There are three types of bonus taxes: federal bonus taxes, federal FICA taxes and state (and sometimes local) bonus taxes.
Now that you know the types of bonus taxes you’ll need to withhold, you need to be clear on how to do the proper calculations. After all, as previously mentioned, you calculate bonus tax withholding differently if you pay your employees bonuses as separate paychecks instead of as additions to regularly scheduled paychecks. In the first case, you’ll use the percentage method, and in the second, you’ll use the aggregate method.
For example, let’s say your company is based in a Colorado city with no local bonus tax and you pay an employee a $1,000 bonus that is delivered via a check or direct deposit separate from a regularly scheduled employee payment. In this case, you calculate the federal bonus tax using the percentage method.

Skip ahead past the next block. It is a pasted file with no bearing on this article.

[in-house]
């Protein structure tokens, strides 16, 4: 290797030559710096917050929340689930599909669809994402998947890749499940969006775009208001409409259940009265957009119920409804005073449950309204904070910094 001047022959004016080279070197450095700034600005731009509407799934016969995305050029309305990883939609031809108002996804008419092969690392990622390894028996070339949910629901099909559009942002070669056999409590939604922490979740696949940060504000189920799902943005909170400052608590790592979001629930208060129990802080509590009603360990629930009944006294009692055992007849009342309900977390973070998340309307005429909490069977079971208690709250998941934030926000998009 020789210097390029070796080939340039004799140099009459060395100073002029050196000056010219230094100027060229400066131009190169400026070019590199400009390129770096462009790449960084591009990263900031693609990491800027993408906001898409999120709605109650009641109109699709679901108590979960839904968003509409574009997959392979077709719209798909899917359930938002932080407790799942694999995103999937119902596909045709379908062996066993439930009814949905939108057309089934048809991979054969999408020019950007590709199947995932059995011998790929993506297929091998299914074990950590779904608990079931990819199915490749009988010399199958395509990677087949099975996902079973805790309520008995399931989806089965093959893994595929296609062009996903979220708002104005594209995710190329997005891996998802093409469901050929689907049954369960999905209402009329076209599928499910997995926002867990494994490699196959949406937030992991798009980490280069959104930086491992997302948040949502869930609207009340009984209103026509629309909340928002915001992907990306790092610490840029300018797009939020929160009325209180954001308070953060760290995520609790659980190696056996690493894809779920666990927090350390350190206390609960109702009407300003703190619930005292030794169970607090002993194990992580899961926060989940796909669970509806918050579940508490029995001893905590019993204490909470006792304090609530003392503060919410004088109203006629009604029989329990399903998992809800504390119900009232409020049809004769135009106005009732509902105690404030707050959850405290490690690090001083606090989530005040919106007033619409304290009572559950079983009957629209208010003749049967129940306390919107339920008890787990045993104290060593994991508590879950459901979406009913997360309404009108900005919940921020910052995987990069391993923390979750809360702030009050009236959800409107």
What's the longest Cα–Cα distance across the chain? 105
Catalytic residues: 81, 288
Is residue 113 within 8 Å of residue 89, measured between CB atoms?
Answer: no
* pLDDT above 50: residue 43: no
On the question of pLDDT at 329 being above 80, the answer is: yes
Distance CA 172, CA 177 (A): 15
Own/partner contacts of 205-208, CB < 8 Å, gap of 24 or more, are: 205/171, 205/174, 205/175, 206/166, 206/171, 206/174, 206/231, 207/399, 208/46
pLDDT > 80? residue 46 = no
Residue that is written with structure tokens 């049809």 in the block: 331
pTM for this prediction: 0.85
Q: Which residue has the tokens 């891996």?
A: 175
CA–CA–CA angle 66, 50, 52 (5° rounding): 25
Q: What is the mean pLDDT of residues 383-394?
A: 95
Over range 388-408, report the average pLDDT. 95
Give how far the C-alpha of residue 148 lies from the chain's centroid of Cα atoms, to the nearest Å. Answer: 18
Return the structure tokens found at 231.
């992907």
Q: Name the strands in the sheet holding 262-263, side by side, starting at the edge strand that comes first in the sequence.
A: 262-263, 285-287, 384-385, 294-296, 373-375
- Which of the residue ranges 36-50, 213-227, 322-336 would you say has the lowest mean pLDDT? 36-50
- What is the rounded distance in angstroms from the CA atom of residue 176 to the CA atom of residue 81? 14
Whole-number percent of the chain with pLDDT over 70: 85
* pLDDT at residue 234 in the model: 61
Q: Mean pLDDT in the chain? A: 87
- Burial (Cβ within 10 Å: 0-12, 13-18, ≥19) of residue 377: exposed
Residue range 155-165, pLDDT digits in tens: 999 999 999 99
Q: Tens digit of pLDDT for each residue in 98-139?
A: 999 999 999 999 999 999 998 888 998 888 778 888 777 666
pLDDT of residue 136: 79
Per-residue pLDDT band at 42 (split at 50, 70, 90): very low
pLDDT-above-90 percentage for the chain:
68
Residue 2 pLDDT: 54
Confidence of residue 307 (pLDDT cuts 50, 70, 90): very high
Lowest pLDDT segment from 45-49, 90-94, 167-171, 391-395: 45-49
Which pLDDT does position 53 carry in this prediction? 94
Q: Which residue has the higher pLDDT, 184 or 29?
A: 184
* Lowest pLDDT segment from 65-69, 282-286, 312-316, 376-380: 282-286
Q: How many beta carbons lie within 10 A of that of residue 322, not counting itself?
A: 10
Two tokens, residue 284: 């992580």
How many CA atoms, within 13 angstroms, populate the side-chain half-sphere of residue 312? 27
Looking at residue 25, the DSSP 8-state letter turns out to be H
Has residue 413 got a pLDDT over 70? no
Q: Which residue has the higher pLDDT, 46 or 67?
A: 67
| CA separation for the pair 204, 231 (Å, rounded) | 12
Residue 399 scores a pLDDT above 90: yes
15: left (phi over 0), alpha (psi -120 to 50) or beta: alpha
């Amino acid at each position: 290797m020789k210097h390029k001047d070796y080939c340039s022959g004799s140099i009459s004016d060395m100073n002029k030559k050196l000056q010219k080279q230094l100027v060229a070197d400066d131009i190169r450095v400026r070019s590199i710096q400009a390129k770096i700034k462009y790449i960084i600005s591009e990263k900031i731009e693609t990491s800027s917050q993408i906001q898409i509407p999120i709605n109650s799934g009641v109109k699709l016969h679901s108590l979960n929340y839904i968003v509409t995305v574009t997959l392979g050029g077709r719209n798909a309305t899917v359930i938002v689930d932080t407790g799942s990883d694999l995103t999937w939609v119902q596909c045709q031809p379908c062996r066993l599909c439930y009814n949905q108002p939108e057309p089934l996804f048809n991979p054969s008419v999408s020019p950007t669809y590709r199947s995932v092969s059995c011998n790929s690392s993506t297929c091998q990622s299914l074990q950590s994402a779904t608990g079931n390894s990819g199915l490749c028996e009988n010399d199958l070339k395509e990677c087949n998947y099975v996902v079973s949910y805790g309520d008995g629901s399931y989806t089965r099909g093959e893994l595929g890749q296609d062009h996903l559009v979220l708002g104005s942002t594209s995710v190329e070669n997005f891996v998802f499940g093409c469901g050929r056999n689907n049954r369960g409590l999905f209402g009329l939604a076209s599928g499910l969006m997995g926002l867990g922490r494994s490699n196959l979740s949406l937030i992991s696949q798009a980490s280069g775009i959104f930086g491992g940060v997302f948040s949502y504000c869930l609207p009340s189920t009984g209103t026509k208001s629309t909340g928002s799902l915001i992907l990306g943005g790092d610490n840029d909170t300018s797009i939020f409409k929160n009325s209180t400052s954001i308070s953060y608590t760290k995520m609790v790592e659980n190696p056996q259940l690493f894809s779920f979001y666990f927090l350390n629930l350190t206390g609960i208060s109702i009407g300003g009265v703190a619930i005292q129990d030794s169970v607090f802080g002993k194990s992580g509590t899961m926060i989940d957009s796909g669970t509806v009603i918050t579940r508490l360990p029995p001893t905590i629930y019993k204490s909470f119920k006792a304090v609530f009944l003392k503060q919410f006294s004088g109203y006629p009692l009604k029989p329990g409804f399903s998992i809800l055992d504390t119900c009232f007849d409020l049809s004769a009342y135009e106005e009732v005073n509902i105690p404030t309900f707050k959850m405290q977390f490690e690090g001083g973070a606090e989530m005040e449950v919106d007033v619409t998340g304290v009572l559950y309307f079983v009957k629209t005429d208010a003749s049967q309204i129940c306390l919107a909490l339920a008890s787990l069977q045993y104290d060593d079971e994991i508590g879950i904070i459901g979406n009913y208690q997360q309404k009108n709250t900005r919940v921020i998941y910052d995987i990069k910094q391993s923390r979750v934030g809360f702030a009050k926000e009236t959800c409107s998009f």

Start with the 22% federal bonus tax:
$1,000 x 0.22 = $220 in federal bonus taxes
Next, calculate the FICA tax withholding:
$1,000 x 0.0765 = $76.50 in FICA taxes
Finally, calculate the state bonus tax withholding using Colorado’s 4.63% state bonus tax rate:
$1,000 x 0.0463 = $46.30 in Colorado state bonus taxes
When you add all of the bonus tax liabilities together, here’s what you get:
$220 + $76.50 + $46.30 = $342.80 in total bonus taxes
As such, the bonus you issue to your employee will ultimately not be $1,000, but instead $1,000 minus $342.80, which equals $657.20.
Let’s again say your company operates in a Colorado jurisdiction with no local bonus tax. If you pay that same $1,000 bonus to an employee as part of a regularly scheduled paycheck instead of as an entirely separate payment, you calculate your federal bonus tax using the aggregate method.